A-Rod Makes an Inspiring Return

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Things are looking up. Photo: Getty Images

It’s difficult to remember a more definitive “eff you” swing for a Major League Baseball player than Alex Rodriguez’s first-inning three-run homer Friday night against the Baltimore Orioles. His last at-bat before then resulted in an RBI single in the ninth inning of a meaningless 6–2 win over the Red Sox on September 28, 2008, in the first game of a doubleheader. A lot has happened since then. There’s a little bit more drama behind each swing now.

Whatever your thoughts on steroids, pitch tipping, and Selena Roberts, it was difficult not to be inspired by A-Rod's hit off Orioles starter Jeremy Guthrie. (Also a little surprising: The somewhat mixed reception — as opposed to full-throated booing — A-Rod received from the Camden Yards crowd. Then again, there tend to be nearly as many Yankees fans as Orioles fans there these days.) A-Rod is one of the best baseball players in history, steroids or no. This was as rousing a reintroduction as possible, and a glimpse into how much the Yankees needed him: They would score only one more run the rest of the game.

Even though he’s better off than he was before his surgery and rehab, A-Rod’s not completely healthy: He’ll need another surgery after the season. He went one-for-ten the rest of the weekend. He’ll be a dramatic improvement on Cody Ransom and Ramiro Pena, but expecting him to be the vintage, peak A-Rod, particularly this early, is folly.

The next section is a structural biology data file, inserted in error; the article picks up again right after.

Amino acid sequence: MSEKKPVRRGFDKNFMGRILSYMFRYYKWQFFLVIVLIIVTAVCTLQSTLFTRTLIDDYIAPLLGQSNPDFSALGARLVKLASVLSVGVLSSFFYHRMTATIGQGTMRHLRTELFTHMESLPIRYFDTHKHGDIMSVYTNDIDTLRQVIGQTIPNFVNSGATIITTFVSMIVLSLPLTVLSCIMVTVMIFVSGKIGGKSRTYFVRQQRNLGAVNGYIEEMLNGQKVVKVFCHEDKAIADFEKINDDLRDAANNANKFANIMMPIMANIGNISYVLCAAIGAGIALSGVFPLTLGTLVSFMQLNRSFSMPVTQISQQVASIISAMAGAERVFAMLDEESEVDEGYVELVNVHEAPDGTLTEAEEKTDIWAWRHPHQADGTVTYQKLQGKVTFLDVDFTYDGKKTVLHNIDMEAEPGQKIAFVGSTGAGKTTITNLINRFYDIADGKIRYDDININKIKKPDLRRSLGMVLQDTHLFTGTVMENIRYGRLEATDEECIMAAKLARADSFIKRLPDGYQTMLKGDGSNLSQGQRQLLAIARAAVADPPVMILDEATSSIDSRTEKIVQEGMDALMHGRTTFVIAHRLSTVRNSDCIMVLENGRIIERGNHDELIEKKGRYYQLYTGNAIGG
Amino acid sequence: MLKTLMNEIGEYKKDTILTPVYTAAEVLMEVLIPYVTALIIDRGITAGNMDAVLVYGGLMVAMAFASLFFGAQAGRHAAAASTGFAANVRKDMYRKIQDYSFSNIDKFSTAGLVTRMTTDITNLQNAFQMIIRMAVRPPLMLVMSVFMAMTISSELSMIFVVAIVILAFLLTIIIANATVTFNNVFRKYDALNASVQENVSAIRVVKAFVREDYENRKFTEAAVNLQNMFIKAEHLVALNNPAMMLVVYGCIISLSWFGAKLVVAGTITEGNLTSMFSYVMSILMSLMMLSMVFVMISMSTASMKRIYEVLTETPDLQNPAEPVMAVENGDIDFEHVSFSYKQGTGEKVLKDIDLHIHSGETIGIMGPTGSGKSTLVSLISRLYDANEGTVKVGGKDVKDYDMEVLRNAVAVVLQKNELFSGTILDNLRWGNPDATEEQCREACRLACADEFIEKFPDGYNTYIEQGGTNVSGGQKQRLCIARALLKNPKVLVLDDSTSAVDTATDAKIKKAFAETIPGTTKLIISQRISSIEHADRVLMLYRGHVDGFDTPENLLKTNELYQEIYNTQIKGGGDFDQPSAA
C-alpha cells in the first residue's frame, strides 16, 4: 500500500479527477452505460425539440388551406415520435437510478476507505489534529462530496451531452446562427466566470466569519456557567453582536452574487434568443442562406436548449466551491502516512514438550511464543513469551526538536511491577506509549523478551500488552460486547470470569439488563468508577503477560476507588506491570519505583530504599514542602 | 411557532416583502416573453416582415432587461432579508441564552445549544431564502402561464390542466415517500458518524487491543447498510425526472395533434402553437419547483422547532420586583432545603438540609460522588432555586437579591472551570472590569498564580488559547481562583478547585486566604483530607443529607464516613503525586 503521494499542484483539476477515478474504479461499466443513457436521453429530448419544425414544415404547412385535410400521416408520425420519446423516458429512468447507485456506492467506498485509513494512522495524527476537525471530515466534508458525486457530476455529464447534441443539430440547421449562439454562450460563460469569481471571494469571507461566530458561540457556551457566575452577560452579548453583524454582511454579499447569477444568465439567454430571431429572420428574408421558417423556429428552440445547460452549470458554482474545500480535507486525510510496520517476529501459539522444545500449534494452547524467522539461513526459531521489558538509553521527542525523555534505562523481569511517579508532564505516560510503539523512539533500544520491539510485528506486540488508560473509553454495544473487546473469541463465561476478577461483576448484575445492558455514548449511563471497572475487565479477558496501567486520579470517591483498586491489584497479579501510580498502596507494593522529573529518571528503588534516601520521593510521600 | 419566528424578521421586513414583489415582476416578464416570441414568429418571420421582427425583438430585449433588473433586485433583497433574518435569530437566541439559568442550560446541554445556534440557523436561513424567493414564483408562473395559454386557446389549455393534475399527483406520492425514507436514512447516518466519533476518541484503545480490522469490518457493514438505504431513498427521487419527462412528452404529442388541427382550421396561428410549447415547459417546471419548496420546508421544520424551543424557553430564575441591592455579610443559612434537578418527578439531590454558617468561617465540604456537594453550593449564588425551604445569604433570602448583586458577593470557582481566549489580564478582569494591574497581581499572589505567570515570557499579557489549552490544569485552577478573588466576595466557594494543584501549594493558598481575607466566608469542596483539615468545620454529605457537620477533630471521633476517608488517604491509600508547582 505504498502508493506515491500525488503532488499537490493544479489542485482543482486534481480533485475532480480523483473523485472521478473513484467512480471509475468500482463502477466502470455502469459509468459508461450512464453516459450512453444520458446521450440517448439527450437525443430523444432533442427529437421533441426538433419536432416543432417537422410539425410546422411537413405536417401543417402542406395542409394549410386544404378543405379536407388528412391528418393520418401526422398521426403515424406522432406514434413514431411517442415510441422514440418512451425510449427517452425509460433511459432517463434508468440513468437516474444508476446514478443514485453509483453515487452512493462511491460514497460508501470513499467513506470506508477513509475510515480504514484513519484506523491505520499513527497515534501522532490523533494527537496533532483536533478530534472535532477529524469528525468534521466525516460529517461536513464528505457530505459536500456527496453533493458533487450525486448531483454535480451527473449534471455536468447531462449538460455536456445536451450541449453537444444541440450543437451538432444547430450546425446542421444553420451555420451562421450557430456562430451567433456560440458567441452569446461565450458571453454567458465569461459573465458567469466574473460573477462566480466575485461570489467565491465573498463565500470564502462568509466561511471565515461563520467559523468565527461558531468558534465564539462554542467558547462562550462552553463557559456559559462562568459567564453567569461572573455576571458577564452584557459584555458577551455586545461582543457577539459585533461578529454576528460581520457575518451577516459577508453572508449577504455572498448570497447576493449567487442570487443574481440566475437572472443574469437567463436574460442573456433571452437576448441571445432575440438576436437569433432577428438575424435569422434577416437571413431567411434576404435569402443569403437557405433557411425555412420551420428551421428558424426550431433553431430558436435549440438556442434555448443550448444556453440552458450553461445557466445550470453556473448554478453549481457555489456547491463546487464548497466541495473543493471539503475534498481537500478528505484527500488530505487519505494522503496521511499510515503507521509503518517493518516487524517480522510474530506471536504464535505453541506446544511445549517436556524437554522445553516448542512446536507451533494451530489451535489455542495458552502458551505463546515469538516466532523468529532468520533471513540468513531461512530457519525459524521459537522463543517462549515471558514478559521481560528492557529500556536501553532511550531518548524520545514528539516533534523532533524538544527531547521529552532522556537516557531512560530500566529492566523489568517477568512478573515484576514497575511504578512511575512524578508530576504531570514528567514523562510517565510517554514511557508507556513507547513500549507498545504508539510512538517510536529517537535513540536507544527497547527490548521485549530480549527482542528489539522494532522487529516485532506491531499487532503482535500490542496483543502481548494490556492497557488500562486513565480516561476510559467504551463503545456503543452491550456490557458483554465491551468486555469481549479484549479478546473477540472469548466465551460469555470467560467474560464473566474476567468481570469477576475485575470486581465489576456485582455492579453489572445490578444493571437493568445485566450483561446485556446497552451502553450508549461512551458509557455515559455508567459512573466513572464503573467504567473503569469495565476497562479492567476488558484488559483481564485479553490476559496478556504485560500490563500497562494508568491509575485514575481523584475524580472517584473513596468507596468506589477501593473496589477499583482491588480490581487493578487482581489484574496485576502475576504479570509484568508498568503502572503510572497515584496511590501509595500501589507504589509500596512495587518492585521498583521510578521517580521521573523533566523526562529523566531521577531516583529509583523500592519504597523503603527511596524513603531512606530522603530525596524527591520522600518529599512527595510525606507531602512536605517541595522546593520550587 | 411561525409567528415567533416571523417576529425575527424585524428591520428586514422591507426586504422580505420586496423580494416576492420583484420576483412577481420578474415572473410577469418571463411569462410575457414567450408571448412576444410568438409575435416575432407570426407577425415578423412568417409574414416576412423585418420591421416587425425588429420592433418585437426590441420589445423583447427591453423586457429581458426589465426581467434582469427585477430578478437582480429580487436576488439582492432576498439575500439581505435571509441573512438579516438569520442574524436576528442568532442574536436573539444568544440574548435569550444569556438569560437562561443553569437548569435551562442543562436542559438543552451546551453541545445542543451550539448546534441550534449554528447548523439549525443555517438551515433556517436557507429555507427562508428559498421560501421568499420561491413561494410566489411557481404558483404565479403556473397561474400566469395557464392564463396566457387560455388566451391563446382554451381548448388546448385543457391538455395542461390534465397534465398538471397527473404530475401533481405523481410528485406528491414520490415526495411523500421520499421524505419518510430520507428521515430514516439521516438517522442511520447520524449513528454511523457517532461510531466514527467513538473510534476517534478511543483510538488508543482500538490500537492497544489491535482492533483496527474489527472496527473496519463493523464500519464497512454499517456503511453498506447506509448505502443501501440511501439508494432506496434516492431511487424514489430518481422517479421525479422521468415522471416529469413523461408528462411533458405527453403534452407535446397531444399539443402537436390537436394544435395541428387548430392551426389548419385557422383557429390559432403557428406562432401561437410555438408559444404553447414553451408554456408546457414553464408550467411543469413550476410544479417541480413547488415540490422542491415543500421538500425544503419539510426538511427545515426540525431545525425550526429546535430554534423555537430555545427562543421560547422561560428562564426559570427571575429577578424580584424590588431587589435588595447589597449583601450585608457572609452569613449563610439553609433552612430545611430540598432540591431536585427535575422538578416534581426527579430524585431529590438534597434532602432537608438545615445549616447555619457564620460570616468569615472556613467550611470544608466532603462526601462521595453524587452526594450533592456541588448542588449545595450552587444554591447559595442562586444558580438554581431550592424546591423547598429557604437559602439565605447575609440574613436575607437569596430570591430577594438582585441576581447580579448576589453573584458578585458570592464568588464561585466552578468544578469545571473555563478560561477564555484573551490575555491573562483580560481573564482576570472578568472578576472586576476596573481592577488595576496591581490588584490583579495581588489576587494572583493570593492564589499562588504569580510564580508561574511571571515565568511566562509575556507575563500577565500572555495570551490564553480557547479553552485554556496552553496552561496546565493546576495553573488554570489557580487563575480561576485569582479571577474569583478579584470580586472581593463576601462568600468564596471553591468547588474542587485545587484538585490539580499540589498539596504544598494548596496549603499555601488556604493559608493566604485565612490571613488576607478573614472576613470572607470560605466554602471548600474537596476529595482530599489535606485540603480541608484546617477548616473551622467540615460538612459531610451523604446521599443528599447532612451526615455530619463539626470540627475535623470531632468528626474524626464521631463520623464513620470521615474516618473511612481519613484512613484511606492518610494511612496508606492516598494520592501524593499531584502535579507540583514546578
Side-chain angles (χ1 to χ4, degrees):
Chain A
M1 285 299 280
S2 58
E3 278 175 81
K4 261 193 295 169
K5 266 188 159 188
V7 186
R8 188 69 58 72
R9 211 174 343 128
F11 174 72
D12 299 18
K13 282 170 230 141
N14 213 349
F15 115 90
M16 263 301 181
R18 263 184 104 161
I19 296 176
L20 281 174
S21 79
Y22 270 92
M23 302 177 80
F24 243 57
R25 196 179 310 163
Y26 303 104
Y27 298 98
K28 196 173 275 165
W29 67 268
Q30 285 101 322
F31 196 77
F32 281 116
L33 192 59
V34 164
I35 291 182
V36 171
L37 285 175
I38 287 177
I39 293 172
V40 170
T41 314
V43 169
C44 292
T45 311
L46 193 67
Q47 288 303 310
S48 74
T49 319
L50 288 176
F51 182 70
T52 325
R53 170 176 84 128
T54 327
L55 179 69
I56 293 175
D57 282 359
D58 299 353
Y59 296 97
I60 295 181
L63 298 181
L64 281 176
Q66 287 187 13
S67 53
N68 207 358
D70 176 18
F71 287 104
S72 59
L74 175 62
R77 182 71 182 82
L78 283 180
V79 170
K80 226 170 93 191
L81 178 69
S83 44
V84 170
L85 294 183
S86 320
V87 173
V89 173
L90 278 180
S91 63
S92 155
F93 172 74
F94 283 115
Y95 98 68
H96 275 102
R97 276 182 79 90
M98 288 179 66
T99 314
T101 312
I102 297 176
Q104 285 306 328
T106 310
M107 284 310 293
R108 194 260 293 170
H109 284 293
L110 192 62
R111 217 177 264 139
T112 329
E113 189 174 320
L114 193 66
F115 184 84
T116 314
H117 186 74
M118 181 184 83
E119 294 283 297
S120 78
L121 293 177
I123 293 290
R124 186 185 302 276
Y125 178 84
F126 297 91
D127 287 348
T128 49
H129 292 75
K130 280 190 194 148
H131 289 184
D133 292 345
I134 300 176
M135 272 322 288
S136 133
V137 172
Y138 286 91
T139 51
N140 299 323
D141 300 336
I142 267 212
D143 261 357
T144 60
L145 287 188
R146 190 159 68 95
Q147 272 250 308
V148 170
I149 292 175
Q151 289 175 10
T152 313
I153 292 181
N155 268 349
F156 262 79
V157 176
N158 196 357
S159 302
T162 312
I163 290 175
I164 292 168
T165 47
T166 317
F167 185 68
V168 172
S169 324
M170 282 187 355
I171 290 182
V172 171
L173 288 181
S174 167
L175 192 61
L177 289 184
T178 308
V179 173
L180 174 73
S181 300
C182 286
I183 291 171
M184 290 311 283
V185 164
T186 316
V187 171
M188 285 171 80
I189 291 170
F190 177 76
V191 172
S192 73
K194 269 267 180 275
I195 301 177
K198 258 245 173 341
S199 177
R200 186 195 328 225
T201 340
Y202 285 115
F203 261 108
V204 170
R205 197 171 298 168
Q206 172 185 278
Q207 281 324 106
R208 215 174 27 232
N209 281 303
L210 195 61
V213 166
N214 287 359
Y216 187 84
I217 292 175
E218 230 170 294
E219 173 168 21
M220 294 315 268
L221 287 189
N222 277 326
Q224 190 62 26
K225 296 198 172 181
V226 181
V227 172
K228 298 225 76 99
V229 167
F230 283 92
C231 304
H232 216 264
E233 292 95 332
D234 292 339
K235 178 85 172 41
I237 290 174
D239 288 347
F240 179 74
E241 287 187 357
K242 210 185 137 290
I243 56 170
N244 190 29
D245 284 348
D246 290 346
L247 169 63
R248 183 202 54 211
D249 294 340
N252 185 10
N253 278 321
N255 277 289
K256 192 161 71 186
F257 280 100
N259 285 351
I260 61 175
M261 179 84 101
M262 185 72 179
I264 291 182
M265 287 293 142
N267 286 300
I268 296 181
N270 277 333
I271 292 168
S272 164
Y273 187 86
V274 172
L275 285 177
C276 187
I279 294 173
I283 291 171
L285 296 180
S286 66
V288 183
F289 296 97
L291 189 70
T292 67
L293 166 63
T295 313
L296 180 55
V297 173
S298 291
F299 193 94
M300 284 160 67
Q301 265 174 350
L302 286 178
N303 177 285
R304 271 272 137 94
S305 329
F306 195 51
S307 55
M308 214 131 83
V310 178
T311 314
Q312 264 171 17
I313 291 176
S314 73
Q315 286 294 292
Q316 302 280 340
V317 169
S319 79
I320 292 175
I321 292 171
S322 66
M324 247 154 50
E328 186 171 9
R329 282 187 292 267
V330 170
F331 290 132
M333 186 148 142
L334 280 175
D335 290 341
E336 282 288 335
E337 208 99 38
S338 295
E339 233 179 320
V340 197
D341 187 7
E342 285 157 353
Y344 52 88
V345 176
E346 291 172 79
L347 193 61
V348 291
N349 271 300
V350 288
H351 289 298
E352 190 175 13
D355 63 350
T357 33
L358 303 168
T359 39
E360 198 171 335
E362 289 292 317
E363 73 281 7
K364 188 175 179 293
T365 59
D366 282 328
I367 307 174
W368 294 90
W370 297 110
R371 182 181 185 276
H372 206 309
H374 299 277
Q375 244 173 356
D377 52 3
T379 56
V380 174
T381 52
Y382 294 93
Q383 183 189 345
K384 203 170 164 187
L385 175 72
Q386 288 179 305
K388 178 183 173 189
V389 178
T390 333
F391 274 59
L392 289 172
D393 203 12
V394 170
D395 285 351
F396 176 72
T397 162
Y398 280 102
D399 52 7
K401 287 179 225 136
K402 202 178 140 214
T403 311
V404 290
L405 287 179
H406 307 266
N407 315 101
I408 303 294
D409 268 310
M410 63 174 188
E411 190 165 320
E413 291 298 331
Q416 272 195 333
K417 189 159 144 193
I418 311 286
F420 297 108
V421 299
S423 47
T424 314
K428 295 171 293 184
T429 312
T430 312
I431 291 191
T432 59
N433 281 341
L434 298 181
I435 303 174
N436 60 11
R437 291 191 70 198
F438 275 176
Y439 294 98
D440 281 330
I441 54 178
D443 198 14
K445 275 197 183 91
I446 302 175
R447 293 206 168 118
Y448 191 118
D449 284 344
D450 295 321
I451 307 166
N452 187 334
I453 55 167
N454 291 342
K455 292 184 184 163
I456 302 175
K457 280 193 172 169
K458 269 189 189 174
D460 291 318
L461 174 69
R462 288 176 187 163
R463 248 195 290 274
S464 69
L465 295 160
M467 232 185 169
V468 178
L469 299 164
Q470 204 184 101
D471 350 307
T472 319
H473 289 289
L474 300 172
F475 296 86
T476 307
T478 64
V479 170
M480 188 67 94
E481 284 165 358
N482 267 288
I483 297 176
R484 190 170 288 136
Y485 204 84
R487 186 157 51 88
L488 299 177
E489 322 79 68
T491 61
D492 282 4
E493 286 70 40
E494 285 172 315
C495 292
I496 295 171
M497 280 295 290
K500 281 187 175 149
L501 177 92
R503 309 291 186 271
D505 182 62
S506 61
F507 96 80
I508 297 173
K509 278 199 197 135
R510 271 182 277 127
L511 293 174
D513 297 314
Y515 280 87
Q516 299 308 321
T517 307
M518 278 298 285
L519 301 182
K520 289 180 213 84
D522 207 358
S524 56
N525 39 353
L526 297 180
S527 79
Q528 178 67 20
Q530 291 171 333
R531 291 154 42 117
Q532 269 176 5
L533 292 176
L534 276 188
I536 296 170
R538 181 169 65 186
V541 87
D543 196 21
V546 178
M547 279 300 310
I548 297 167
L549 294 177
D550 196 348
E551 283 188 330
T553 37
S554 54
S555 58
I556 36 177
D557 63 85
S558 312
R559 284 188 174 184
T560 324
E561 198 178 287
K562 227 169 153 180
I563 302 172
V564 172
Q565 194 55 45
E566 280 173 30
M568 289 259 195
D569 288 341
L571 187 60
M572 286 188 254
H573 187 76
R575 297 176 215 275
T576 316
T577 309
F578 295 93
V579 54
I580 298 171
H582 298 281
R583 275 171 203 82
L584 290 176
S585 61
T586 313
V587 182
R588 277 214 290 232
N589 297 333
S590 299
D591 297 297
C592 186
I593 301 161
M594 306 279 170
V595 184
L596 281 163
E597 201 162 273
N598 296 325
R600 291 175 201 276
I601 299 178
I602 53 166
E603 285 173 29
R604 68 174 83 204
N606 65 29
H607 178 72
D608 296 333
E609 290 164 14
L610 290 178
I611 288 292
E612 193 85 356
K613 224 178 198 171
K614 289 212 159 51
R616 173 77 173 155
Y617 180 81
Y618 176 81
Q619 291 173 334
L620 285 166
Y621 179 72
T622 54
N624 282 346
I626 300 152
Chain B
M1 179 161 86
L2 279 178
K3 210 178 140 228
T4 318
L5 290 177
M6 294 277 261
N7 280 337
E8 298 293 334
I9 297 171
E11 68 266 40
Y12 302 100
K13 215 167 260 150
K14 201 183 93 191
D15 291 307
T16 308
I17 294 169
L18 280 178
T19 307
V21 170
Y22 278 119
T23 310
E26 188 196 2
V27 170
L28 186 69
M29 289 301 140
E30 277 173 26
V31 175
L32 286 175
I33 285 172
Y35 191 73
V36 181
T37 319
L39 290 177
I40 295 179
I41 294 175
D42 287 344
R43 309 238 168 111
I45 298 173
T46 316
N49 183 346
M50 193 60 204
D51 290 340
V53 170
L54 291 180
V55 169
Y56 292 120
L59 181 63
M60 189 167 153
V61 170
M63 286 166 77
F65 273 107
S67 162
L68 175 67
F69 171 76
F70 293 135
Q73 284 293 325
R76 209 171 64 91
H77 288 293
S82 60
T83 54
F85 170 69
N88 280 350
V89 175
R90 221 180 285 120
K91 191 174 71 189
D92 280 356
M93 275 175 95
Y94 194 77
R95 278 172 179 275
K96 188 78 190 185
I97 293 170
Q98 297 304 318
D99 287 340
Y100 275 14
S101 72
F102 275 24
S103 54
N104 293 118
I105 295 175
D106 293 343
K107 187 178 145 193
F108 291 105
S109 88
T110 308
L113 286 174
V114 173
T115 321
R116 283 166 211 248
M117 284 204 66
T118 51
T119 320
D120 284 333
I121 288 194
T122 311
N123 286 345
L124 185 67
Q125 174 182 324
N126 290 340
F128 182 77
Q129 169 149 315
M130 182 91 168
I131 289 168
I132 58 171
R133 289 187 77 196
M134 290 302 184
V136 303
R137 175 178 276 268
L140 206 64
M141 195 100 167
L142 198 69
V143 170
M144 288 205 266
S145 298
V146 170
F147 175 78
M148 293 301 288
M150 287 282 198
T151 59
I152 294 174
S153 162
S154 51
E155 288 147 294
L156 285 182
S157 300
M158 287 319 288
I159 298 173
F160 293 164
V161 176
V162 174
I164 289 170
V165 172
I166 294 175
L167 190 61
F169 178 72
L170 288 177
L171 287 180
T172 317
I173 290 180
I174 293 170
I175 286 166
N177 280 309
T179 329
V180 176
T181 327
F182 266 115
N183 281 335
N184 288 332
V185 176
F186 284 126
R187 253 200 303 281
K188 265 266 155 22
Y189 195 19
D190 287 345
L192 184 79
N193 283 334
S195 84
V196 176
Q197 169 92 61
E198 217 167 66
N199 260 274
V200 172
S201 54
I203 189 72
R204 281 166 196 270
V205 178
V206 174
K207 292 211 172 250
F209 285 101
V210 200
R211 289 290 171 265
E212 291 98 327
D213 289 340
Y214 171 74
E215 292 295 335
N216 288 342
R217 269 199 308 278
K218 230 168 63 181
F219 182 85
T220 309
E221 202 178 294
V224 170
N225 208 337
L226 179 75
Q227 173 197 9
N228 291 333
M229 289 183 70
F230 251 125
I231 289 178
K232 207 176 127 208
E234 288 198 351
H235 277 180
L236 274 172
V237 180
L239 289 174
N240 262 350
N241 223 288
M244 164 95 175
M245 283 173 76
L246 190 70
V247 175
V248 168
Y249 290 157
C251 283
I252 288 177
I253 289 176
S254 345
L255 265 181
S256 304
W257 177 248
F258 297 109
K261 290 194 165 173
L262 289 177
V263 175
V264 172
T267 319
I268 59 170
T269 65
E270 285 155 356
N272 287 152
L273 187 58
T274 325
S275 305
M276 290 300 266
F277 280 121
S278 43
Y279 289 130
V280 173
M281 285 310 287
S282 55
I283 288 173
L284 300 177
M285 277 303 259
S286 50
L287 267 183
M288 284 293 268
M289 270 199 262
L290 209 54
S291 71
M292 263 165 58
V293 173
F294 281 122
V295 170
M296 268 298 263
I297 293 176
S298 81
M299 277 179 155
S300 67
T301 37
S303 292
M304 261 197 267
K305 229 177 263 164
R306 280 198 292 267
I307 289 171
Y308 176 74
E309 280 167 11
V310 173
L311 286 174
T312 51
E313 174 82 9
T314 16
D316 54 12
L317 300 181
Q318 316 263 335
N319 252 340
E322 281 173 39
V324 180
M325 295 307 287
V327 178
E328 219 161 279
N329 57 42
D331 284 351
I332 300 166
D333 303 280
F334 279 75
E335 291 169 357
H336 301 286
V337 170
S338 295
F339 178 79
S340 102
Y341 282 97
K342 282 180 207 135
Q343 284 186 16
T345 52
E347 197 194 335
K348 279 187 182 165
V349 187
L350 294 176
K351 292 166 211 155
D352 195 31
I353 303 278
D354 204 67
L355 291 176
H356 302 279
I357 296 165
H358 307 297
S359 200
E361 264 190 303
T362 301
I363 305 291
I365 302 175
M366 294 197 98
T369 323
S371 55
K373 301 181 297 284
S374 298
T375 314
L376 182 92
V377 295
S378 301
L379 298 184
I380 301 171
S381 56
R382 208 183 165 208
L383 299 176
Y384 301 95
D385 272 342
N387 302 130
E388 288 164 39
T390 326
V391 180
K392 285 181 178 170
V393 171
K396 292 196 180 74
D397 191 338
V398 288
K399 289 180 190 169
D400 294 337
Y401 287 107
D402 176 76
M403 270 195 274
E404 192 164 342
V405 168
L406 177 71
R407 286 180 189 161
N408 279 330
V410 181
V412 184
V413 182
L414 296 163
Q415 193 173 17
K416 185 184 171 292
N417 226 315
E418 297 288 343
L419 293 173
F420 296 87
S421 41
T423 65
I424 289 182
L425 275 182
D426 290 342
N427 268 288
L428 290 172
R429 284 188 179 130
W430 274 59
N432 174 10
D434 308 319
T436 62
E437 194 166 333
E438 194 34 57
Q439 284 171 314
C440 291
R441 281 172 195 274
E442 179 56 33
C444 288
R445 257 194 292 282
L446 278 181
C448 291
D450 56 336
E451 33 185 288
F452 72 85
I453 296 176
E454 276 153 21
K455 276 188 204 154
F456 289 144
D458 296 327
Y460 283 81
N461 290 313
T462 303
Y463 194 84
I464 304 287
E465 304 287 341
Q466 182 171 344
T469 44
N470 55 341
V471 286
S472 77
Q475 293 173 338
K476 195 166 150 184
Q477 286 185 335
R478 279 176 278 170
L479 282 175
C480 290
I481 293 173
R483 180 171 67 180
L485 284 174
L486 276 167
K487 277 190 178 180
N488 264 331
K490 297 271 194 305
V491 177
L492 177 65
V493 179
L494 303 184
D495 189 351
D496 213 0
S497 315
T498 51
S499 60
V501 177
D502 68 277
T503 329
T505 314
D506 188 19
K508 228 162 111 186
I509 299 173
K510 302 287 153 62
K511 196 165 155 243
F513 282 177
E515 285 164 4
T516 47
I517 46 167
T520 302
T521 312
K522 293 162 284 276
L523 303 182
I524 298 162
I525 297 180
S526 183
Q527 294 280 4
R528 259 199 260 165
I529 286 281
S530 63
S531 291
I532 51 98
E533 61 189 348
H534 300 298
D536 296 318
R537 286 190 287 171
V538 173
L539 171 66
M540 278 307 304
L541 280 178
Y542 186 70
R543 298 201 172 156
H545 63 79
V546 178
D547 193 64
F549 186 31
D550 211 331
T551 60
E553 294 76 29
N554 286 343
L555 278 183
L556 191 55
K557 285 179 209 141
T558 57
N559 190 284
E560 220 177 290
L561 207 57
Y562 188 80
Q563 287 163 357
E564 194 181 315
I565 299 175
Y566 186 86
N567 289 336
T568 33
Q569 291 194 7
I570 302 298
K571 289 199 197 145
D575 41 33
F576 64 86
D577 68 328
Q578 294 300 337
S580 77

Still, things are looking up for the Yankees. CC Sabathia threw his first shutout Friday night, Johnny Damon hit a dramatic homer in the seventh inning yesterday, and the Yankees are back within one game of .500. The rotation is showing signs of clicking into place (though Phil Hughes’s recent struggles have been somewhat alarming), and they have three games this week in Toronto to take a bite out of the Blue Jays’ early division lead. One thing now seems certain: When A-Rod steps to the plate against Minnesota on Friday for his first at-bat at the new Yankee Stadium, he will be greeted with far more cheering than booing.